Jun 4, 2012

Ethics of Sterilization for Drug Addicts

An issue which ought by its very nature to provoke controversy of all sorts -- reproduction and childbirth by drug addicts -- has come to the fore again, centered around an organization, Project Prevention (PrPr, just so as not to confuse them with Planned Parenthood, often abbreviated as PP) whose main activity involves paying drug and alcohol addicts to get sterilized or to use long-term birth-control.  There's much more to be said about the purposes of the organization, as well as the moral issues involved, the deeper problems raised, and the ethical status not only of Project Prevention but also of their supporters and critics -- all of which I'll explore in some detail below.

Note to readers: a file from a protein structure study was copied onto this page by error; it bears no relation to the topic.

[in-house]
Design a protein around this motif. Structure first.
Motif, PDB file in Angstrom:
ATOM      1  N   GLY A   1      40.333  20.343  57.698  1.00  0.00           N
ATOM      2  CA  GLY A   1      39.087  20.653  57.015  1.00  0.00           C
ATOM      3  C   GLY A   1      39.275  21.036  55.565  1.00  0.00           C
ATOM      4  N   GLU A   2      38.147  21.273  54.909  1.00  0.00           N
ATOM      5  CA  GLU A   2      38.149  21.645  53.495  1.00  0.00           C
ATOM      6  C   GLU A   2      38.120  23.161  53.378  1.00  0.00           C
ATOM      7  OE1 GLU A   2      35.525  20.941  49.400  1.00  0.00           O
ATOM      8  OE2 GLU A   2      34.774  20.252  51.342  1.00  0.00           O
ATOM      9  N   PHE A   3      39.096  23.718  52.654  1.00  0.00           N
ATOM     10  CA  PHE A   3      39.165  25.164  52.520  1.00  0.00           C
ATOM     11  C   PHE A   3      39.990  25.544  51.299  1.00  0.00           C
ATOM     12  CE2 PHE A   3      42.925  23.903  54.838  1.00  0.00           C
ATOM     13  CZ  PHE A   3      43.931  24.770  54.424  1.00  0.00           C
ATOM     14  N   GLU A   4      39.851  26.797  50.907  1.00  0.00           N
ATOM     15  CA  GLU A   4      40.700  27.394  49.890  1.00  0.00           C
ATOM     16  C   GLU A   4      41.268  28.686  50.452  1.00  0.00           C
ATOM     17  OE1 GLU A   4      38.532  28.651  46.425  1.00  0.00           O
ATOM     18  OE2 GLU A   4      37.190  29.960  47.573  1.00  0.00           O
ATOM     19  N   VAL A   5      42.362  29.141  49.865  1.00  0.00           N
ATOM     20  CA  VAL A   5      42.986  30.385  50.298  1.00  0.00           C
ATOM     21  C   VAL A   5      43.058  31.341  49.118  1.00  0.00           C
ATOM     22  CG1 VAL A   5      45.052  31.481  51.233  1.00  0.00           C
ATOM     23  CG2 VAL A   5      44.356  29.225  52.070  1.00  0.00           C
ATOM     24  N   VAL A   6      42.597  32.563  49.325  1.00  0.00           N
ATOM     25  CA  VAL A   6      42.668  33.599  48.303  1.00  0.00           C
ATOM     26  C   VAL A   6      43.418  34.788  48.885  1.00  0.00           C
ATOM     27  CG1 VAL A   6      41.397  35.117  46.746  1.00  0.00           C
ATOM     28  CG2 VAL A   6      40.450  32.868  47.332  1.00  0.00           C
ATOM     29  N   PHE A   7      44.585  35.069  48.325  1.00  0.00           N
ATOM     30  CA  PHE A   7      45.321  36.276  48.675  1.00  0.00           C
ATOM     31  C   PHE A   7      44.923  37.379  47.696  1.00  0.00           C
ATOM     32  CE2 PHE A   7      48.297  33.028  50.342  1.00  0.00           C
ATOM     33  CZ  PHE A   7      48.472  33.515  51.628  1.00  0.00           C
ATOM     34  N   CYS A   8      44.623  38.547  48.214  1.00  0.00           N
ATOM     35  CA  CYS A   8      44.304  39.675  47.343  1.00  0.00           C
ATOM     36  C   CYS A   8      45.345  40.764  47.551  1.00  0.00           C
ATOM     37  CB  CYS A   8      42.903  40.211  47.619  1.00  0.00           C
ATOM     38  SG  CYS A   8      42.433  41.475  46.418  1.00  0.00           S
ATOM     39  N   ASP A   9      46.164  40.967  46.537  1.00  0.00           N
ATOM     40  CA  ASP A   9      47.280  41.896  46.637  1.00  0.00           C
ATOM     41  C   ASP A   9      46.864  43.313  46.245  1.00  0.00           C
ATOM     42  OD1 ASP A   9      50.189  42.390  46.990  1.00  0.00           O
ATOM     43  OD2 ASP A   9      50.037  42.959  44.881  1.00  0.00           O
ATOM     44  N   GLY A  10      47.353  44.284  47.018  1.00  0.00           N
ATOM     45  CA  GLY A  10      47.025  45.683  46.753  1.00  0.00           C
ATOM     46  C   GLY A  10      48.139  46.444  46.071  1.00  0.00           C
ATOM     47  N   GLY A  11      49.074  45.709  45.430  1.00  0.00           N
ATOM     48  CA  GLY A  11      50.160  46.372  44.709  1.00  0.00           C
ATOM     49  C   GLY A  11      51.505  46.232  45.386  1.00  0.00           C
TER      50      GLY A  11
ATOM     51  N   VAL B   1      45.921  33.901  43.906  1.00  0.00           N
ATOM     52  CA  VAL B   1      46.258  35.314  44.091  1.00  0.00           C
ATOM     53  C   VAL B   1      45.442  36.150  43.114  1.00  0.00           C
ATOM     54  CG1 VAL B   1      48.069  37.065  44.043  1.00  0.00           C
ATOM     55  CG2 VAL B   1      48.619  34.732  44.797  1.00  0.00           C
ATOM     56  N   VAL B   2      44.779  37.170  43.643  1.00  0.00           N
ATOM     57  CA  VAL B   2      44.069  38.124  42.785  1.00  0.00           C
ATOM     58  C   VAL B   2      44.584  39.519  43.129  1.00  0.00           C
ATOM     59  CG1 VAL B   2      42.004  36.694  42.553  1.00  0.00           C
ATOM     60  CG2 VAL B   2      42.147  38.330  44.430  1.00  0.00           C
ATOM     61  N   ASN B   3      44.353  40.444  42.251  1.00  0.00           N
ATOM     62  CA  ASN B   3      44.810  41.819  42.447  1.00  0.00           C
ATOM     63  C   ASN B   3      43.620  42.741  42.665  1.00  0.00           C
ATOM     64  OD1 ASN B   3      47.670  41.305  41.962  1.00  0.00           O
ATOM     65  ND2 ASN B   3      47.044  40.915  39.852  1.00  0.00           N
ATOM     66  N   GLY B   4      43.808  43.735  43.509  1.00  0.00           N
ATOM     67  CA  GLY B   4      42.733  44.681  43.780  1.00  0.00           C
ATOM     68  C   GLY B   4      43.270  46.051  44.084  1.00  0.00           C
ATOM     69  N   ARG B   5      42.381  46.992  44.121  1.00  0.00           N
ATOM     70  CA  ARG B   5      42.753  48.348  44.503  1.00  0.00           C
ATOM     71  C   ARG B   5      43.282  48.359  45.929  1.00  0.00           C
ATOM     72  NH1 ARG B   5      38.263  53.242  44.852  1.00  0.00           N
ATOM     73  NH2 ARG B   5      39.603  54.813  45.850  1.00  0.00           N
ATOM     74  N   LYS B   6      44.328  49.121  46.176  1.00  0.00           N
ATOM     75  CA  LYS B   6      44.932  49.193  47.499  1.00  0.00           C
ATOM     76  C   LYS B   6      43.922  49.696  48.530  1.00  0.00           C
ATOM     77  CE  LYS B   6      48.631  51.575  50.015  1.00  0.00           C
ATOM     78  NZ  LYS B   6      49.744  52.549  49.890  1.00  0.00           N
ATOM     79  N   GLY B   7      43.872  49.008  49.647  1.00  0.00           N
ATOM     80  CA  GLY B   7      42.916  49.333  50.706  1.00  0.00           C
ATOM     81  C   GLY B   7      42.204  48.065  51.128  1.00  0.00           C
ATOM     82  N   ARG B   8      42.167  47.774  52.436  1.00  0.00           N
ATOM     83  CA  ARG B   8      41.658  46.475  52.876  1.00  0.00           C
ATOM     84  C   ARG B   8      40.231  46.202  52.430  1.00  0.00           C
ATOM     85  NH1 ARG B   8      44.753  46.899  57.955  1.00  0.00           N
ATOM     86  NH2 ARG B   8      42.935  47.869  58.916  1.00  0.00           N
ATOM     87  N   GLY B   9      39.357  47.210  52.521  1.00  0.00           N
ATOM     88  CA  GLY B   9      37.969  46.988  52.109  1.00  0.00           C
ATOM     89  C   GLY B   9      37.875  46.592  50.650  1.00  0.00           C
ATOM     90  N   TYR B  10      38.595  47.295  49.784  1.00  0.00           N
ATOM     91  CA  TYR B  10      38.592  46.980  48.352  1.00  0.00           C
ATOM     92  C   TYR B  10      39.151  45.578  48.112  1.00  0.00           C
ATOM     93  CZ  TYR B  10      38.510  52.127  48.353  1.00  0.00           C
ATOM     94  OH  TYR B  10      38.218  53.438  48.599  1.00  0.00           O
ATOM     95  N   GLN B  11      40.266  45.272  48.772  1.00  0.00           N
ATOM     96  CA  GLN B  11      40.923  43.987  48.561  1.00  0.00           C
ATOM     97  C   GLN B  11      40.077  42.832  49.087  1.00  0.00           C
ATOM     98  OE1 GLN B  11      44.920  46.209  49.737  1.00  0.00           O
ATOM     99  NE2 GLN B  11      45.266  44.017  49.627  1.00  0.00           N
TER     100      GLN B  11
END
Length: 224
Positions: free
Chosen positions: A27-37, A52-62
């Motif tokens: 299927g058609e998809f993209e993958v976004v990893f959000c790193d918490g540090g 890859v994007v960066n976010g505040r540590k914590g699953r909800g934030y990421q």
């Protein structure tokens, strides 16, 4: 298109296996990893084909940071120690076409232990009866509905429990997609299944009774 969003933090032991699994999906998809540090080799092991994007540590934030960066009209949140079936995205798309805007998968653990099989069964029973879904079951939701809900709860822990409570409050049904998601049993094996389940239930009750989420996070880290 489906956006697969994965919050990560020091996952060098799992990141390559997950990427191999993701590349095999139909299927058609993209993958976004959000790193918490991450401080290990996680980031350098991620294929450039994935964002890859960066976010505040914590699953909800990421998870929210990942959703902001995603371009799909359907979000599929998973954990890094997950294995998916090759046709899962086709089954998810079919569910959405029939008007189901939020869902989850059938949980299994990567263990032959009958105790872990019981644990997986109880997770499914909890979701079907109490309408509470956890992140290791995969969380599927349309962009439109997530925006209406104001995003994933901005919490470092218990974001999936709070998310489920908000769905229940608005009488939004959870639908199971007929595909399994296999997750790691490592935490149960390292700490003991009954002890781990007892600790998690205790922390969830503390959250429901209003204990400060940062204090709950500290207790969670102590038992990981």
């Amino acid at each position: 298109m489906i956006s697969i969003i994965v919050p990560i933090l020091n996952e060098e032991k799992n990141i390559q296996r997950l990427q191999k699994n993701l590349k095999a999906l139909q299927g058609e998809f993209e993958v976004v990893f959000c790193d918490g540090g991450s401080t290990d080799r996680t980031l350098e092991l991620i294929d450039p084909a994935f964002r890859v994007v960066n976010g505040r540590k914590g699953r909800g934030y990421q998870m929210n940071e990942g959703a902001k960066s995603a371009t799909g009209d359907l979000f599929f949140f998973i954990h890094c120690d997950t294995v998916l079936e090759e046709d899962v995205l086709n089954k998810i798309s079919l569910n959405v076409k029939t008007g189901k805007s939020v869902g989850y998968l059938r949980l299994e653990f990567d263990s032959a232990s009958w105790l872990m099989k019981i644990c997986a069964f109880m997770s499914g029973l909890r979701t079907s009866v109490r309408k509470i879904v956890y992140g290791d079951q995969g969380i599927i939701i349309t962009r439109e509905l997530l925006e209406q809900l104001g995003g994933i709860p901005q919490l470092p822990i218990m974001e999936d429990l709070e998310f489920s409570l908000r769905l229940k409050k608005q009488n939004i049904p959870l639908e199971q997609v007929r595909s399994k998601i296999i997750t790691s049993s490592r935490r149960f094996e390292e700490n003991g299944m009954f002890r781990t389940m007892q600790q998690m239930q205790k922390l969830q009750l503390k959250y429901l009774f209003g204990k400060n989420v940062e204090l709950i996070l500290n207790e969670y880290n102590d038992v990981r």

First, though, it's worth mentioning a few useful and specific sources -- given that this controversy has not often risen to the level of headline news or talking-heard-worthy burning issue of the hour.  New York Daily News, BBC News, and Time Health, among others have recent, well-balanced pieces about the organization, its mission, and its critics.  The Guardian ran a longer, somewhat more in-depth article nearly a year back, and Practical Ethics published a short blog post raising a few additional issues and proposing Britain's NHS do what PrPr does.  Africa Is a Country has an interesting though clearly anti-PrPr discussion of the expansion of the organization to Kenya, and its mission to include HIV. A Care2 piece also discusses Haiti and South Africa.  In 2006, the Committee on Women, Population, and the Environment levied a number of charges of being unethical against Children Requiring a Caring Kommunity (CRACK), the earlier version of PrPr.   Open Society Foundations held a panel discussion a little over a year ago, specifically on the ethics of Project Prevention, its aims, and its activities.  So, all that said, what should we think about this?